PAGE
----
The concept of chromists, at its most expansive, includes the heterokonts (stramenopiles), alveolates, rhizarians, heliozoans, telonemians, haptophytes and cryptophytes. There is mounting evidence that this grouping is not valid. Even in the narrowest sense (the heterokonts), chromists include very diverse forms, exhibiting a great variety of trophic mechanisms. This great diversity in form and feeding make it difficult to identify any unifying features, but molecular phylogenetic studies have shown that this group of organisms is indeed monophyletic. The distribution of morphological characters over reconstructed trees allows for the identification of potential synapomorphic characters that have been secondarily lost or modified across the group. These include a combination of mitochondria with tubular cristae; the biflagellate heterokont condition; and, if photosynthetic, then with chlorophyll c, girdle lamellae and four membranes around the chloroplast, the outer continuous with the nuclear envelope. Heterotrophy appears to be ancestral but is also occasionally a derived state from autotrophic forms.

Key Concepts:

  • There is no consistency in the ranking of the various eukaryotic taxa, making reference to particular forms and their relationships awkward.

  • Molecular studies, particularly over the last decade, indicate an ever‐increasing delimitation of the Chromista to include very diverse forms.

  • The chromalveolate theory, at the root of the concept of Chromista, has been fiercely debated and most recent evidence points to multiple independent events involving red algal endosymbionts in diverse eukaryotic hosts.

  • Even the original grouping of Chromista (heterokonts, haptophytes and cryptophytes) is tenuous, making it more sensible to equate chromists with the heterokonts (=stramenopiles).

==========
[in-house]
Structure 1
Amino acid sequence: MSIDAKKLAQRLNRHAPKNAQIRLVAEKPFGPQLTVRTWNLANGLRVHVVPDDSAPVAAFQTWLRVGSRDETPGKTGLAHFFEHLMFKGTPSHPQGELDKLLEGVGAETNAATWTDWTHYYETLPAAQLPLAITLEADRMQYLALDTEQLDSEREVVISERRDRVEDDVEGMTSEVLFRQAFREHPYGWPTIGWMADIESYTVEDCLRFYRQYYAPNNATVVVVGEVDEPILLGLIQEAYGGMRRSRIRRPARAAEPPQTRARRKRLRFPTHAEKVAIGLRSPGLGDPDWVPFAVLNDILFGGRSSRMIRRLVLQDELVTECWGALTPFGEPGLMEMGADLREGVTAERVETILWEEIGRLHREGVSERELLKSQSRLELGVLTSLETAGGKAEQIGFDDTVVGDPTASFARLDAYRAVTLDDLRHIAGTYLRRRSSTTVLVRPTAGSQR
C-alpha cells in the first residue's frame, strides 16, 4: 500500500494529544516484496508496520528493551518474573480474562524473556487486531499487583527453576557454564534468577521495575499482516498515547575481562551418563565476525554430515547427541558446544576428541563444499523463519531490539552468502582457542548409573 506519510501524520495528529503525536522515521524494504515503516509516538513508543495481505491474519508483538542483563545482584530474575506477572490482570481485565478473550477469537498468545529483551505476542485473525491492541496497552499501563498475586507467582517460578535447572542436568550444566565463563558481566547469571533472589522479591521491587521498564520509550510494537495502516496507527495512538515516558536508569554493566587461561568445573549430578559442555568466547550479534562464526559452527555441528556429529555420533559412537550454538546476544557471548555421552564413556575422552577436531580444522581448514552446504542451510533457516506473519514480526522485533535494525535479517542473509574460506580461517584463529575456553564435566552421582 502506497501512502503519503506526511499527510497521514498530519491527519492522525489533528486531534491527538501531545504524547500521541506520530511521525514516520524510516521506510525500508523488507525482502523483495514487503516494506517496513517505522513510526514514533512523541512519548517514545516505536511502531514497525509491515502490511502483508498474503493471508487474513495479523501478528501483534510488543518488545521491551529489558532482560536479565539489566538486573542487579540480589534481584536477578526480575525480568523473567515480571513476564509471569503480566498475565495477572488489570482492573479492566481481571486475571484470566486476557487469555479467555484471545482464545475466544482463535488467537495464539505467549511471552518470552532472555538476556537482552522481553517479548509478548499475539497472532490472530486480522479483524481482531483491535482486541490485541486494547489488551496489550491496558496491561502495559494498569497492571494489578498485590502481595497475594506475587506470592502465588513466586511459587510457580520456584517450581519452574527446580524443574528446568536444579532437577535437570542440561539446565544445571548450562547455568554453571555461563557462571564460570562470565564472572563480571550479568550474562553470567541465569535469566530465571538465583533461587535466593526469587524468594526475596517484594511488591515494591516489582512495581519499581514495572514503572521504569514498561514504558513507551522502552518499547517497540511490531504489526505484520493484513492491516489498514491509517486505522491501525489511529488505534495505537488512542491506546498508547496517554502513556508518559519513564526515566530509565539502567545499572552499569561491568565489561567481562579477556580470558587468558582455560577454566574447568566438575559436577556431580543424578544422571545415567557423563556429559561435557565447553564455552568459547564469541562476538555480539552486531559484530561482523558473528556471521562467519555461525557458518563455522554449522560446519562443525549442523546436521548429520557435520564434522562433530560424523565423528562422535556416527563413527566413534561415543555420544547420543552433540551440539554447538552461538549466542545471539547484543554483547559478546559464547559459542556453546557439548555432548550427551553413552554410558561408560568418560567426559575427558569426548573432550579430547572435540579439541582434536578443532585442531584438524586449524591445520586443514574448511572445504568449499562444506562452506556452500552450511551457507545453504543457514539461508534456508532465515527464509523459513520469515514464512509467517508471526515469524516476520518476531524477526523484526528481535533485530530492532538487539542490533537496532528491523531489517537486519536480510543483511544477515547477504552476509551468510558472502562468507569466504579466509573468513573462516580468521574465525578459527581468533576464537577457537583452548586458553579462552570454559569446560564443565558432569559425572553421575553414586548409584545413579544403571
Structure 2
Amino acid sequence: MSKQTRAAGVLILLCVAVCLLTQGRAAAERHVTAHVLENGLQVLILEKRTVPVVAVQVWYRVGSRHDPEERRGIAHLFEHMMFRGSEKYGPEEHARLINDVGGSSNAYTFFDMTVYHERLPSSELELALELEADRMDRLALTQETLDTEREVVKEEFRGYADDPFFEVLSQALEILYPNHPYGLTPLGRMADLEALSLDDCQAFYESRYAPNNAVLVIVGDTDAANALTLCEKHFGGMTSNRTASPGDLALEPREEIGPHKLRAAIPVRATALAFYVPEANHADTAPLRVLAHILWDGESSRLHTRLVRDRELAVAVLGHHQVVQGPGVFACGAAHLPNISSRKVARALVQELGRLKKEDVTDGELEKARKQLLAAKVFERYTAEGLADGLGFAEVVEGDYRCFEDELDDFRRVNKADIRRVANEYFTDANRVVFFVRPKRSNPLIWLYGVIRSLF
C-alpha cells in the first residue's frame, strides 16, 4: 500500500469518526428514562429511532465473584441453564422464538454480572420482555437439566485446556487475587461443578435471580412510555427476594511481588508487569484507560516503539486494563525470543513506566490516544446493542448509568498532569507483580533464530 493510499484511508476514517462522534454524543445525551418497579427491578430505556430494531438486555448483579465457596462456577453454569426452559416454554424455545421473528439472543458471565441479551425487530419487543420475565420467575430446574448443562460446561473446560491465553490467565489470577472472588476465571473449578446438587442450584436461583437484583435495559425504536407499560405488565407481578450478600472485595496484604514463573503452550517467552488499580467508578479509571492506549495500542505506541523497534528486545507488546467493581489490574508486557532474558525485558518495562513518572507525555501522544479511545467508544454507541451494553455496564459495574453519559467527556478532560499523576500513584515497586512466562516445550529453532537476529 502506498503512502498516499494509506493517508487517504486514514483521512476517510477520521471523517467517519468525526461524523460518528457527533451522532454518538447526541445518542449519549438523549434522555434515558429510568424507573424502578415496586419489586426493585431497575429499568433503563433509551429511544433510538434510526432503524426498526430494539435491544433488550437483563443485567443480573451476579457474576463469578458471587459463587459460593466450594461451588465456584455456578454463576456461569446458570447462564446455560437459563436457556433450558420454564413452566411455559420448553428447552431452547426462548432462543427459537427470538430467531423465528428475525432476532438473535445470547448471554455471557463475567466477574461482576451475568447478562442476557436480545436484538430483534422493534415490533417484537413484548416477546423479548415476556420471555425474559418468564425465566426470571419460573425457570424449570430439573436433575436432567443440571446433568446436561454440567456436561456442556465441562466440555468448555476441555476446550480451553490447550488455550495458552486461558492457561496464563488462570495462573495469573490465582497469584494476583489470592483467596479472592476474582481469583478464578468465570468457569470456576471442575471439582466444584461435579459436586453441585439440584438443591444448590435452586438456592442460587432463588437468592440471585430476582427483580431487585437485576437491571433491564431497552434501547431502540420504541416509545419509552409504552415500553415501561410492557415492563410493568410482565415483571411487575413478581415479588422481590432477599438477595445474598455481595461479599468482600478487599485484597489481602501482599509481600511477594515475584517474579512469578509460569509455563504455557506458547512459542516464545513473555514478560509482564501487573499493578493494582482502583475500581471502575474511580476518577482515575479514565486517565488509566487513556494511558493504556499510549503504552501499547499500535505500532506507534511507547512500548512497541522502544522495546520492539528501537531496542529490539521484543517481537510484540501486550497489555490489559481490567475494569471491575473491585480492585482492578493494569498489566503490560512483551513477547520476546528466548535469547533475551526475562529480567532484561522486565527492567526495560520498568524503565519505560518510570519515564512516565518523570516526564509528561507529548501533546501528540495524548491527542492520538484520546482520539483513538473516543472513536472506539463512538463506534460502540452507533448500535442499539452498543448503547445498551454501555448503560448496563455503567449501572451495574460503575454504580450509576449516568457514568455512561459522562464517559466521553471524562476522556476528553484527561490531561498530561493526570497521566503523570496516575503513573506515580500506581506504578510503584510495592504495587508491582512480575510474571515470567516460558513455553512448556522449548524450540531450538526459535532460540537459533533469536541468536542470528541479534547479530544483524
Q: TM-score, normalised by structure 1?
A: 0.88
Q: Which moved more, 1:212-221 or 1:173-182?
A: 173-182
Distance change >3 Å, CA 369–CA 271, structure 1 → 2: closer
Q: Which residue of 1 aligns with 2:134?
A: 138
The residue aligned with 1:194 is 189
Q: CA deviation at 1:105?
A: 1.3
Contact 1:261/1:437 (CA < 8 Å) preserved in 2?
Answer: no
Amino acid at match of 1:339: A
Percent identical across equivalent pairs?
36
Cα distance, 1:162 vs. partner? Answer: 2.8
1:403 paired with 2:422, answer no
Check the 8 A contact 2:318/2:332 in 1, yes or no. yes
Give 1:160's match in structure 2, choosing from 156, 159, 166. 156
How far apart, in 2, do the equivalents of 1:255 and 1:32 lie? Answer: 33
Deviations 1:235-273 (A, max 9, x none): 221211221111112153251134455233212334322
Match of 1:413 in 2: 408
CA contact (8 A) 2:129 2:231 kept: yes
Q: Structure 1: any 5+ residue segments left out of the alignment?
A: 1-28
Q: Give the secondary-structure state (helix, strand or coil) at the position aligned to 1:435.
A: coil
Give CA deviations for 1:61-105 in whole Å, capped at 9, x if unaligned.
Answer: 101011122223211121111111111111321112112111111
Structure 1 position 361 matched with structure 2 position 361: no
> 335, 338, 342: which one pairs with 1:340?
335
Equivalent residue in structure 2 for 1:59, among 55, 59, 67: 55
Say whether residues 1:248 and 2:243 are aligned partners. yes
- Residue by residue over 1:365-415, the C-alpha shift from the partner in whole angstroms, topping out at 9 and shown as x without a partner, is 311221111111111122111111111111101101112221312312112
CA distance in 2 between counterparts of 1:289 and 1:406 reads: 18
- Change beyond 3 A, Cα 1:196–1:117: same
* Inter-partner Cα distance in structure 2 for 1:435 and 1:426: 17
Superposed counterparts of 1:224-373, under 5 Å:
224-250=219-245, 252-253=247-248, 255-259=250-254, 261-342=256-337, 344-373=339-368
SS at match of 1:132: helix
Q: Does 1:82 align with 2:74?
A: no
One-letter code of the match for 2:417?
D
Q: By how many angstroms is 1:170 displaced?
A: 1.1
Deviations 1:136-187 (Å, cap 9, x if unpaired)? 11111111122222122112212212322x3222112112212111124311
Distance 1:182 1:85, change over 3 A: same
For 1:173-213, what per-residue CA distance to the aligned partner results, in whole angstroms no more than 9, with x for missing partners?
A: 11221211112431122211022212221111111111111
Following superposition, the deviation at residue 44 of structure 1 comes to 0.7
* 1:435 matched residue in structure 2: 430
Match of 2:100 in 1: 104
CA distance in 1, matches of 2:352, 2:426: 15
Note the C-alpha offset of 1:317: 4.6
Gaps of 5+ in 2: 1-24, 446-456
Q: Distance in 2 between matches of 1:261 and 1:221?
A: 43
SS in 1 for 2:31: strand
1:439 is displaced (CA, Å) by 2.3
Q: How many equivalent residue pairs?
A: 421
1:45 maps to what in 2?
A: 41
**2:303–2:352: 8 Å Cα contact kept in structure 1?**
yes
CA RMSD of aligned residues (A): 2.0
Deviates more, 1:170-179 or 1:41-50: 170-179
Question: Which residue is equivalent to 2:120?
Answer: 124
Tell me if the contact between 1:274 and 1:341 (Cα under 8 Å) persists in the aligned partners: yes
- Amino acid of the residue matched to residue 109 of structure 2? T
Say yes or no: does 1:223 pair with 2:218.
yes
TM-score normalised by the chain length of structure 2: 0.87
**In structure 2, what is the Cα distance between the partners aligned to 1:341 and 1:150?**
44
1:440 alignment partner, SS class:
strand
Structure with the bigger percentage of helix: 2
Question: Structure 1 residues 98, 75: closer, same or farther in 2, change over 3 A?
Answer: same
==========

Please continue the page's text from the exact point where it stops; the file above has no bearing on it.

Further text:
• Heterokonts enjoy robust support from molecular phylogenetic analyses, but there are no universal morphological and physiological characters.

  • The most universal character is the biflagellate condition of swimming cells, with one tinsel (hairy) and one smooth flagellum. The hairy flagellum is invested with two opposite rows of tri‐partite, tubular hairs that are responsible for reversing thrust.

  • Plastids of autotrophic heterokonts have consistent features, including two additional surrounding membranes (the periplastidial membrane and the RER), girdle lamellae and thylakoids stacked in groups of three.

  • The classification within the heterokonts also has a chequered history, but multigene phylogenetic analyses are providing a clearer idea of groupings.

  • Heterotrophic forms are rooted deeply in phylogenetic trees reconstructed using molecular markers, but some are secondarily derived from autotrophic forms.

  • Heterokonts play an important role both ecologically and economically.

Keywords: bacillariophytes; Bigyra; chromalveolates; chrysophytes; Heterokonta; oomycetes; phaeophytes; phylogeny; Pseudofungi; silicoflagellates; stramenopiles

Figure 1.

A typical heterokont flagellate. Most heterokont motiles have apical or near‐apical insertion of their flagella whereas this diagram shows the lateral insertion typical of phaeophyte gametes and spores. The tinsel flagellum is anteriorly directed and the smooth flagellum trails the cell during swimming.

Figure 2.

The heterokont chloroplast has the normal plastidial double‐membrane envelope, but surrounded by a periplastidial membrane and by rough endoplasmic reticulum which may be confluent with the outer membrane of the nuclear envelope. The periplastidial membrane is considered to be the remnants of the eukaryotic endosymbiont's (a red alga) plasmalemma. The chloroplast interior is occupied by thylakoids, the outer one/s of which is/are continuous and just beneath the envelope – the girdle lamella.



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Sym, Stuart D, and Maneveldt, Gavin W(Nov 2011) Chromista. In: eLS. John Wiley & Sons Ltd, Chichester. [doi: 10.1002/9780470015902.a0001960.pub2]